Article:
MARK SAINSBURY: When is it OK to steal something?

When is it alright to steal?

And before you say never - if your baby was starving would it be alright to steal food? If you found cash in the street would you keep it - or hand it into the police?

Is there a situation when the circumstances dictate that it’s OK to take something that isn’t yours?

Take quake-hit Kaikoura in November, when all the main roads leading in and out were cut off.

Usual services were not operating and a guy called Ricky Clark finds an abandoned train, trapped on the tracks between two landslides, and helps himself to some of the contents to get supplies for his family. He says he wasn’t the first to do so after the local supermarket was forced to turn customers away because of empty shelves.

We’re not talking about looting such as breaking a window at Harvey Norman and running off with a TV.

Ricky Clark and his mate helped themselves to the train which was carrying supplies for Countdown and Cookie Time.

Police said Garrett took two frying pans and some baby formula from the train, while Clark took items worth $2600, including tools, Christmas cookies and a 50cc minibike.
They then headed back to Clark’s house - where they had an attack of the guilts and decided to return their haul.

His mate, Angus Garrett, was heading back with the loot when he saw a cop and fessed up. Both he and Clark ended up in court, but this week they were discharged without conviction.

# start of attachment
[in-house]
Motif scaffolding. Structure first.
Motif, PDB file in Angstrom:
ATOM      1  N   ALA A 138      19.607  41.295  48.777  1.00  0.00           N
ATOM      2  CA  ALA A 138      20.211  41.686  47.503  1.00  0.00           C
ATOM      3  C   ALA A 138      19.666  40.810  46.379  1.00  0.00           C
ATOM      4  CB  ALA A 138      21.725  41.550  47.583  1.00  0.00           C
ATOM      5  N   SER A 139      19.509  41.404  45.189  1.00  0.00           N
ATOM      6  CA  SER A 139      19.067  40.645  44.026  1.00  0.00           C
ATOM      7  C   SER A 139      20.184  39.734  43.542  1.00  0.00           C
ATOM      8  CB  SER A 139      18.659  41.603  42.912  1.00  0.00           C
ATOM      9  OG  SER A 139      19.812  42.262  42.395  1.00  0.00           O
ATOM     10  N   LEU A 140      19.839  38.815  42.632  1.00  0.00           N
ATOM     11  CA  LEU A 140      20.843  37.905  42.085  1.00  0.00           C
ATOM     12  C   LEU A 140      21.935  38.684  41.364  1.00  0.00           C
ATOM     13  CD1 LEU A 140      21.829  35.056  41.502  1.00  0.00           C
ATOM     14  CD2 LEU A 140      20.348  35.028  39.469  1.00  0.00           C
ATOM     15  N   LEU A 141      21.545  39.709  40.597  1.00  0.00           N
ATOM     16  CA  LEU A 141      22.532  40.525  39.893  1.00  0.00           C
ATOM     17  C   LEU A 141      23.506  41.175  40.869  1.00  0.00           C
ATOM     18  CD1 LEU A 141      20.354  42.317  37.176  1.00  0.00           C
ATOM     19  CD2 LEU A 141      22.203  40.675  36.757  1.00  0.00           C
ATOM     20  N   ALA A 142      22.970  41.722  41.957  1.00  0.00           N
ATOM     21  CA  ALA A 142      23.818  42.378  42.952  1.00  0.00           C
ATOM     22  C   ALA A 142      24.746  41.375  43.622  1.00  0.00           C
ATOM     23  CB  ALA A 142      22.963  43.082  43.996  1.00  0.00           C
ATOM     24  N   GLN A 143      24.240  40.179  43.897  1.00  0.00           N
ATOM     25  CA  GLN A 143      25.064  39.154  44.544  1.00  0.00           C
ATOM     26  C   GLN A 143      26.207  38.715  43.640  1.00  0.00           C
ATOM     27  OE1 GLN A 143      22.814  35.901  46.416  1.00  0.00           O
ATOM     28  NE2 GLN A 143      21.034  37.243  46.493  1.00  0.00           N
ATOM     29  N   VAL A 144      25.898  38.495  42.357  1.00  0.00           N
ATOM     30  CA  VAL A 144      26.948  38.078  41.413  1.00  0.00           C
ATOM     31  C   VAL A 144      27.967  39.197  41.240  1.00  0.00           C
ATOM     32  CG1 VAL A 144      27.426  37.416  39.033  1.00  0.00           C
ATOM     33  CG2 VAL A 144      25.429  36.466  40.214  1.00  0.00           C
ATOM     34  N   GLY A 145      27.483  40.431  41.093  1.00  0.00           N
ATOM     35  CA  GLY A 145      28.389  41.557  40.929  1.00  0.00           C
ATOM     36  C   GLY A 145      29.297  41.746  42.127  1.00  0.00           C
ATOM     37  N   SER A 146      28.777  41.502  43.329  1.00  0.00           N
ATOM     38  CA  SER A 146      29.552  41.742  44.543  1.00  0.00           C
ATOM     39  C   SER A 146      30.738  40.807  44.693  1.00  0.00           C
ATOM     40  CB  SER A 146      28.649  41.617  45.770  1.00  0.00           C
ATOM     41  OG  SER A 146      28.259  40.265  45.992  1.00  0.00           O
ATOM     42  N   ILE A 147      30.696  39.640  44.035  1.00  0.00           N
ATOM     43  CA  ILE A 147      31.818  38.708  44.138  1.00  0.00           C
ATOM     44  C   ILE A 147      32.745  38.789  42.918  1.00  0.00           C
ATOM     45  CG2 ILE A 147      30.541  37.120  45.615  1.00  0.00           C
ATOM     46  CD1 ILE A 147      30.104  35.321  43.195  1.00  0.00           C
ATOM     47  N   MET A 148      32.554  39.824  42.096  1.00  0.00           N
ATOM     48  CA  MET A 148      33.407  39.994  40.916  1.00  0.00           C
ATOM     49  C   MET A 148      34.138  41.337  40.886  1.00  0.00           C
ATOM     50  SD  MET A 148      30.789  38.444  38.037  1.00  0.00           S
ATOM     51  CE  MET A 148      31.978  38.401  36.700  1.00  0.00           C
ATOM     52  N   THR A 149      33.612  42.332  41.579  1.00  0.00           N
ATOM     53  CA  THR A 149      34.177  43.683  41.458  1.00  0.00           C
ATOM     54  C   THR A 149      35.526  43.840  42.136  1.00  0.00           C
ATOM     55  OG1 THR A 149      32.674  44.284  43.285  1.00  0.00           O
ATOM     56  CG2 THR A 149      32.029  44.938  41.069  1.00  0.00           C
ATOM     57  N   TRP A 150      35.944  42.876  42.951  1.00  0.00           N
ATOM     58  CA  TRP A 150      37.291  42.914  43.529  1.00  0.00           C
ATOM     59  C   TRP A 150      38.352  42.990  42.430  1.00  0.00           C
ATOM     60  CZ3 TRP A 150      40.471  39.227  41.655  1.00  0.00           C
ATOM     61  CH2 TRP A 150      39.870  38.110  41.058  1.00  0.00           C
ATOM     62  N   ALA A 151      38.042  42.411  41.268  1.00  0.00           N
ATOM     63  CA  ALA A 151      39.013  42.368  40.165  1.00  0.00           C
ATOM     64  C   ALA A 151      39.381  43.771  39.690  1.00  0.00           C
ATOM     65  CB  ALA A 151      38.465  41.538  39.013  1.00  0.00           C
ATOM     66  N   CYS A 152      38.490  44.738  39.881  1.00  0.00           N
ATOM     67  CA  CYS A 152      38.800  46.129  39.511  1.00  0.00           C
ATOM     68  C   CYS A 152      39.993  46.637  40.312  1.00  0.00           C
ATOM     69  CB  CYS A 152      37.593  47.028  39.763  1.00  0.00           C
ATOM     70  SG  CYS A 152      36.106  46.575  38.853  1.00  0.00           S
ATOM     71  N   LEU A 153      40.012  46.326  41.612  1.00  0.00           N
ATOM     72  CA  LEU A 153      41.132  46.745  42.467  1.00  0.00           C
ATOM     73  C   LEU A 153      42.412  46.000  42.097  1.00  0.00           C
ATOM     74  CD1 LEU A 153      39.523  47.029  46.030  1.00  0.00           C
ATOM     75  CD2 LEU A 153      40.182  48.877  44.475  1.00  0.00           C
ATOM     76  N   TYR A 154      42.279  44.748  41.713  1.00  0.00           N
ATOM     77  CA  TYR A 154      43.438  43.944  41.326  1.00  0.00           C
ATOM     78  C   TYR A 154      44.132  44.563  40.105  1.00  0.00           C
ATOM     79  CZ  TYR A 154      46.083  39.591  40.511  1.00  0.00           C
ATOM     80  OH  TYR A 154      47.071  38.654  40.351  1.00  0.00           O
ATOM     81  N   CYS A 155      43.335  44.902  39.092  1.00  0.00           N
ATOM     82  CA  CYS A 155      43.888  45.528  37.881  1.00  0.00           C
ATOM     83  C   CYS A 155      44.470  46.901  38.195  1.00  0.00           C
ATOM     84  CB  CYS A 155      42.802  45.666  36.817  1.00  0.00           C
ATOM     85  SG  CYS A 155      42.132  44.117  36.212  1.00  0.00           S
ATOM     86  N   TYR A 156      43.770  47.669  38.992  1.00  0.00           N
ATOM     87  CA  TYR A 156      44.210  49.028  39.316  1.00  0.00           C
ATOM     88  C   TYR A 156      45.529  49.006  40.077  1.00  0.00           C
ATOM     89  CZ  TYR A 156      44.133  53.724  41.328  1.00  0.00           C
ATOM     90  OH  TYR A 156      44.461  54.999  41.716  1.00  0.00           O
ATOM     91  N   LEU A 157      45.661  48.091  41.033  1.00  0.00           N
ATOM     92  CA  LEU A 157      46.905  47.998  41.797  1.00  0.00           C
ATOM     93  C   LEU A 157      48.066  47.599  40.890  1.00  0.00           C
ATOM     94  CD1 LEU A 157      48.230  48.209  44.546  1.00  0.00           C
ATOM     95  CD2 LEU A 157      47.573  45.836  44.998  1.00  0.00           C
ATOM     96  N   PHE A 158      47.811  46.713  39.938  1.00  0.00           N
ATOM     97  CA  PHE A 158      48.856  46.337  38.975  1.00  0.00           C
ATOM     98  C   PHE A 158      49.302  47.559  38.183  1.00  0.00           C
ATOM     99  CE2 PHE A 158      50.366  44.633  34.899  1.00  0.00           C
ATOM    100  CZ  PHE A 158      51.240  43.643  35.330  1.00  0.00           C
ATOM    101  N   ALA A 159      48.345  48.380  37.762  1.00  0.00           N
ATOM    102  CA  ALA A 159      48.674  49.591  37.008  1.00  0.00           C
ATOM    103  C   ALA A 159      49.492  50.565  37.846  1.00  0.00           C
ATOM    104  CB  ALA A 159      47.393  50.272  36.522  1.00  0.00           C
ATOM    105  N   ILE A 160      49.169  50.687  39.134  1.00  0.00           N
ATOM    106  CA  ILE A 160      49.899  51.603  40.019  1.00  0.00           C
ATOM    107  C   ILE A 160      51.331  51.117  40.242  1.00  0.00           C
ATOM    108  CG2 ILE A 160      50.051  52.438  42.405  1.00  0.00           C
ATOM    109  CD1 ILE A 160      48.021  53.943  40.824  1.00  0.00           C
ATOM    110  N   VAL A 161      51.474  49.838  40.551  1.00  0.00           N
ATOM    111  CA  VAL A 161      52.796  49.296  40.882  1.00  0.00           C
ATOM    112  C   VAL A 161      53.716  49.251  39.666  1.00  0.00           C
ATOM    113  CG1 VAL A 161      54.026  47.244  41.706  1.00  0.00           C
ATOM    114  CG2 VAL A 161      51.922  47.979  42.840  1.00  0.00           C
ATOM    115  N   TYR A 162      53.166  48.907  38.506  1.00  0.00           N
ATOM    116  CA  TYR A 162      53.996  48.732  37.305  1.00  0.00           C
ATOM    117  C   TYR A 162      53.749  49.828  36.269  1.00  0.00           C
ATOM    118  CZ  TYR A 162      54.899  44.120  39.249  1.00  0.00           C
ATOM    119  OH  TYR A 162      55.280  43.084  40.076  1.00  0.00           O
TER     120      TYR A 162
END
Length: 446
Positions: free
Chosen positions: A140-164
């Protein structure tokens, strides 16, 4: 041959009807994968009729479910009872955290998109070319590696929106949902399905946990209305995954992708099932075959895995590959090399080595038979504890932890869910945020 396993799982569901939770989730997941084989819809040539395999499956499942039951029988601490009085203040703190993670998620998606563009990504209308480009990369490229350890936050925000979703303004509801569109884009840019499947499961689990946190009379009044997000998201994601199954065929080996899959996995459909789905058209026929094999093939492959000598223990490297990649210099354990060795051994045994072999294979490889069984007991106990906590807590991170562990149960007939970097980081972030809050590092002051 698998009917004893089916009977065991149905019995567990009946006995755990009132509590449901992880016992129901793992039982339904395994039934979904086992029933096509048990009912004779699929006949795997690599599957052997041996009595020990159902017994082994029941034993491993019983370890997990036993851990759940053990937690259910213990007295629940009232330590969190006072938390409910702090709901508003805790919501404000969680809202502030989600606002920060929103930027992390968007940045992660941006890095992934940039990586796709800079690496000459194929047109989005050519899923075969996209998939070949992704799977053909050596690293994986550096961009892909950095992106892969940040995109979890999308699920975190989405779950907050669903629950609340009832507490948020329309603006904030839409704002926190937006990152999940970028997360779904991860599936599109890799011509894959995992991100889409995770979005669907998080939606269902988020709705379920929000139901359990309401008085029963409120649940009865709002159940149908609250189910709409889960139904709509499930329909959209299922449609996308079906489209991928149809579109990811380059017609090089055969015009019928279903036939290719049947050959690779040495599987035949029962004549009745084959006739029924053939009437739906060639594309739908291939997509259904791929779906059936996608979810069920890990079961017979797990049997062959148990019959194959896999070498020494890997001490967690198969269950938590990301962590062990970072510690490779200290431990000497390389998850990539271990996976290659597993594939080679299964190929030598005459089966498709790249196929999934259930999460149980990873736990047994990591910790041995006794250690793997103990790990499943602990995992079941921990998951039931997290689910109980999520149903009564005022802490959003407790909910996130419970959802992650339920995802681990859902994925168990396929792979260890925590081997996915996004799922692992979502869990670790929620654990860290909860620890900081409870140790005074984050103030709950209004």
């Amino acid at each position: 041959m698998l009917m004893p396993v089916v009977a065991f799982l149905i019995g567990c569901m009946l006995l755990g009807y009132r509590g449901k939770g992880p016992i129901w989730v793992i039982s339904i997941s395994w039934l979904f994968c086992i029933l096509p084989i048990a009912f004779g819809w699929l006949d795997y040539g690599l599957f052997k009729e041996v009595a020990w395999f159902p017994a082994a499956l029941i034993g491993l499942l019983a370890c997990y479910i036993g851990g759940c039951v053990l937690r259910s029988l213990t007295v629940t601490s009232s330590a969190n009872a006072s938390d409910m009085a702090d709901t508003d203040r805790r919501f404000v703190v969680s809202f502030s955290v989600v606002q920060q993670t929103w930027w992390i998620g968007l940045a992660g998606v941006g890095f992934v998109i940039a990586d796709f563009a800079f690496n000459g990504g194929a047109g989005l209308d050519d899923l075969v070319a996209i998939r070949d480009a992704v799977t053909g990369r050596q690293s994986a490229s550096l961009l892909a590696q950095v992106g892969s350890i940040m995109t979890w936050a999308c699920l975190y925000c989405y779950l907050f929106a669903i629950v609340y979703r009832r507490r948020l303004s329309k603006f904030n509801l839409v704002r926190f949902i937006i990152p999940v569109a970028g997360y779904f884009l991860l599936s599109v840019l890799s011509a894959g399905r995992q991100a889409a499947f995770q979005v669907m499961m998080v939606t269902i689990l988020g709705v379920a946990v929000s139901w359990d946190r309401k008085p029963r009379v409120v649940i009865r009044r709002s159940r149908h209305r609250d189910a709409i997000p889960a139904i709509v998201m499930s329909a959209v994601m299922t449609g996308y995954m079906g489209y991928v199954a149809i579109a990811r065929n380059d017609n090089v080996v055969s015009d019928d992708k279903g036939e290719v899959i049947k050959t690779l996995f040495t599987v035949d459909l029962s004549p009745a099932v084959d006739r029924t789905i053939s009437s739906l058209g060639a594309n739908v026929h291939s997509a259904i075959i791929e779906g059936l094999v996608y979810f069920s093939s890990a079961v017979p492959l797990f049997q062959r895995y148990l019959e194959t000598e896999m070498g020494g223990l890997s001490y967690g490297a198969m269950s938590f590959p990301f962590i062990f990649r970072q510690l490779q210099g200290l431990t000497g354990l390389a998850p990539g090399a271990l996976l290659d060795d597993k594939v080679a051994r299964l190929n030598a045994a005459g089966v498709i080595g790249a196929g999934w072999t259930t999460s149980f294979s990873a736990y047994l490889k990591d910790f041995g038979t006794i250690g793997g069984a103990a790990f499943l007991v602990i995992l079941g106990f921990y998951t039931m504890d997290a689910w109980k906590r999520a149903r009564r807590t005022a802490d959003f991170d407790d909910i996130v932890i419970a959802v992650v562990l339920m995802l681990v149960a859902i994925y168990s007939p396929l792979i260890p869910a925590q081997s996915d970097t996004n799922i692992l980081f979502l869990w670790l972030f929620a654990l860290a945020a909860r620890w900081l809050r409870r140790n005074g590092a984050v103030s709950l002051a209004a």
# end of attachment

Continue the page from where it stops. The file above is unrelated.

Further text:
My question is: is what they did wrong? Technically they broke the law obviously.

But you’re in the middle of a Civil Defence emergency, you don’t know where your next meal is coming from and a train that’s going nowhere is stranded nearby. Would you help yourself?

Let’s test this further. You walk into a Farmers department store and while strolling around you see a $50 note on the ground.

What would you do? Hand it in? Yell out asking if anyone has lost it? Or pocket it yourself?

What if it was a $20 note? Does the denomination make a difference - or is the principle unchanged? What’s the tipping point?

A woman in the Midlands recently found a 20 quid note in a shop. She looked around - there was no one nearby who could have lost it … so she pocketed it.

But the person who lost the money figured out where he left it and returned - and it was gone. CCTV footage identified the woman - and she was convicted in court for it.

Is this opportunism? Or is it theft?

I suppose it depends on whether you think the law is black or white - or is there room for some shades of grey?

Mark Sainsbury hosts Morning Talk from 9am-midday on RadioLIVE.